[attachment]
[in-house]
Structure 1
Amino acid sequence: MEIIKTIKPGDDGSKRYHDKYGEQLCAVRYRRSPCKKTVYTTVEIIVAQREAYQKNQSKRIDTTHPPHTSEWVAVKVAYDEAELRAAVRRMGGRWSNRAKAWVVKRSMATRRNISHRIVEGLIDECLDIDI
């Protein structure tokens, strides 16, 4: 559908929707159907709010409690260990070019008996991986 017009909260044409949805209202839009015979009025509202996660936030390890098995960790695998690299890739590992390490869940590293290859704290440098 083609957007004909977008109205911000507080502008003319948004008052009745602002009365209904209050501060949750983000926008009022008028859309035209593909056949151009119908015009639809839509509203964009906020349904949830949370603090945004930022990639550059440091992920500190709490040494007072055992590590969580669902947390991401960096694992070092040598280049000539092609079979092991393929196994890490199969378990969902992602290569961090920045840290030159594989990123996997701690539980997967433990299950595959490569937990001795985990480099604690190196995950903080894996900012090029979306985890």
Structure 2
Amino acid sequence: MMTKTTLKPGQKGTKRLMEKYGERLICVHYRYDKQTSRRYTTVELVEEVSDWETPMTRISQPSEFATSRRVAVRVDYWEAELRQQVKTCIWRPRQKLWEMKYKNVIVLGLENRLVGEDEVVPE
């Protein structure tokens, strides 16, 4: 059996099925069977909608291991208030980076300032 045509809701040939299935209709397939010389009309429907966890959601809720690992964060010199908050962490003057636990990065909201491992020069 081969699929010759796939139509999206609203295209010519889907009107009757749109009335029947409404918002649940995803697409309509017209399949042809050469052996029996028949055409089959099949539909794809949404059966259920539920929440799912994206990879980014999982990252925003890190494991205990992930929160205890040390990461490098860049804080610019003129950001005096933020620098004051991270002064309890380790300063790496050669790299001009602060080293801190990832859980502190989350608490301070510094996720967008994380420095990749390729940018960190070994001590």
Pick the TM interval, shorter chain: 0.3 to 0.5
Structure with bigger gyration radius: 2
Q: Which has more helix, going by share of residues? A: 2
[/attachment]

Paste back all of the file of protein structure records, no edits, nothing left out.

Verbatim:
[in-house]
Structure 1
Amino acid sequence: MEIIKTIKPGDDGSKRYHDKYGEQLCAVRYRRSPCKKTVYTTVEIIVAQREAYQKNQSKRIDTTHPPHTSEWVAVKVAYDEAELRAAVRRMGGRWSNRAKAWVVKRSMATRRNISHRIVEGLIDECLDIDI
């Protein structure tokens, strides 16, 4: 559908929707159907709010409690260990070019008996991986 017009909260044409949805209202839009015979009025509202996660936030390890098995960790695998690299890739590992390490869940590293290859704290440098 083609957007004909977008109205911000507080502008003319948004008052009745602002009365209904209050501060949750983000926008009022008028859309035209593909056949151009119908015009639809839509509203964009906020349904949830949370603090945004930022990639550059440091992920500190709490040494007072055992590590969580669902947390991401960096694992070092040598280049000539092609079979092991393929196994890490199969378990969902992602290569961090920045840290030159594989990123996997701690539980997967433990299950595959490569937990001795985990480099604690190196995950903080894996900012090029979306985890």
Structure 2
Amino acid sequence: MMTKTTLKPGQKGTKRLMEKYGERLICVHYRYDKQTSRRYTTVELVEEVSDWETPMTRISQPSEFATSRRVAVRVDYWEAELRQQVKTCIWRPRQKLWEMKYKNVIVLGLENRLVGEDEVVPE
């Protein structure tokens, strides 16, 4: 059996099925069977909608291991208030980076300032 045509809701040939299935209709397939010389009309429907966890959601809720690992964060010199908050962490003057636990990065909201491992020069 081969699929010759796939139509999206609203295209010519889907009107009757749109009335029947409404918002649940995803697409309509017209399949042809050469052996029996028949055409089959099949539909794809949404059966259920539920929440799912994206990879980014999982990252925003890190494991205990992930929160205890040390990461490098860049804080610019003129950001005096933020620098004051991270002064309890380790300063790496050669790299001009602060080293801190990832859980502190989350608490301070510094996720967008994380420095990749390729940018960190070994001590």
Pick the TM interval, shorter chain: 0.3 to 0.5
Structure with bigger gyration radius: 2
Q: Which has more helix, going by share of residues? A: 2